Feature Review Papers in Applied Physics

A special issue of Applied Sciences (ISSN 2076-3417). This special issue belongs to the section "Applied Physics General".

Deadline for manuscript submissions: 20 July 2024 | Viewed by 3172

Special Issue Editors


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Guest Editor
Section of Condensed Matter Physics and Solid Earth Physics Institute, Department of Physics, National and Kapodistrian University of Athens, Panepistimiopolis Zografos, 157 84 Athens, Greece
Interests: earthquake precursory phenomena; physics of earthquakes; earthquake prediction; natural time analysis; thermodynamics of point defects; complex systems physics; nonlinear dynamics
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Guest Editor
Department of Computer Science, School of Computing and Engineering, University of Huddersfield, Huddersfield, UK
Interests: time series analysis; molecular dynamics; condensed matter physics; stochastic processes; density functional theory; time series; neural networks; deep learning; solid state physics; molecular dynamics simulation

Special Issue Information

Dear Colleagues,

We now stand almost one year after the end of the COVID-19 pandemic with the will to continue our pursuit of the physical law in science and of innovation in engineering. This Special Issue focuses on the recent advances in applied physics. and aims to collect high-quality systematic reviews in this field.

All applications of physics aiming to solve practical problems are included. All articles that employ physics or present physics research focused on (i) developing new methods and/or technologies or (ii) solving engineering problems are welcome.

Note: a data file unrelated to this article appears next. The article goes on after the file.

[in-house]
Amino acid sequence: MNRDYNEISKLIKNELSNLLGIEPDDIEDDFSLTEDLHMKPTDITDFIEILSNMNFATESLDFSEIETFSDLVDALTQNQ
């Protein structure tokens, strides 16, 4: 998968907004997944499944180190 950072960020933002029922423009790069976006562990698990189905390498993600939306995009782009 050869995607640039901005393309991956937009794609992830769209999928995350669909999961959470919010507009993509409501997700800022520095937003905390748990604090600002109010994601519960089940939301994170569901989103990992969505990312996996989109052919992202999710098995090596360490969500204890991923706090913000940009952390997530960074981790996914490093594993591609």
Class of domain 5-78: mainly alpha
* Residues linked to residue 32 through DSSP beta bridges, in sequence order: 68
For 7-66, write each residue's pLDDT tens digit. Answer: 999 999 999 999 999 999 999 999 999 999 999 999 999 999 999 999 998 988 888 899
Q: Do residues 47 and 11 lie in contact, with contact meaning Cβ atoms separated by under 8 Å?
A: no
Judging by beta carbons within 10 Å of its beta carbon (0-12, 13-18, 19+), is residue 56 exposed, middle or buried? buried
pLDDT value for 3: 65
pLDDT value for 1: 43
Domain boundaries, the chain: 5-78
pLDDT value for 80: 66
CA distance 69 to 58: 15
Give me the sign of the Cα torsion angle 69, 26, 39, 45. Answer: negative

The topics of interest for this Special Issue include, but are not limited to, astrophysics, atmosphere, biophysics, cardiology, complex systems, disaster mitigation, earthquakes, geophysics, lasers, materials, medicine, optics, photonics, plasmas, reliability, safety, security, semiconductors, and spectroscopy. 

We hope all published papers will be widely read, highly influential and promote the most recent advances in the field.

Prof. Dr. Nicholas Vassiliou Sarlis
Dr. Stavros-Richard G. Christopoulos
Guest Editors

Manuscript Submission Information

Manuscripts should be submitted online at www.mdpi.com by registering and logging in to this website. Once you are registered, click here to go to the submission form. Manuscripts can be submitted until the deadline. All submissions that pass pre-check are peer-reviewed. Accepted papers will be published continuously in the journal (as soon as accepted) and will be listed together on the special issue website. Research articles, review articles as well as short communications are invited. For planned papers, a title and short abstract (about 100 words) can be sent to the Editorial Office for announcement on this website.

Submitted manuscripts should not have been published previously, nor be under consideration for publication elsewhere (except conference proceedings papers). All manuscripts are thoroughly refereed through a single-blind peer-review process. A guide for authors and other relevant information for submission of manuscripts is available on the Instructions for Authors page. Applied Sciences is an international peer-reviewed open access semimonthly journal published by MDPI.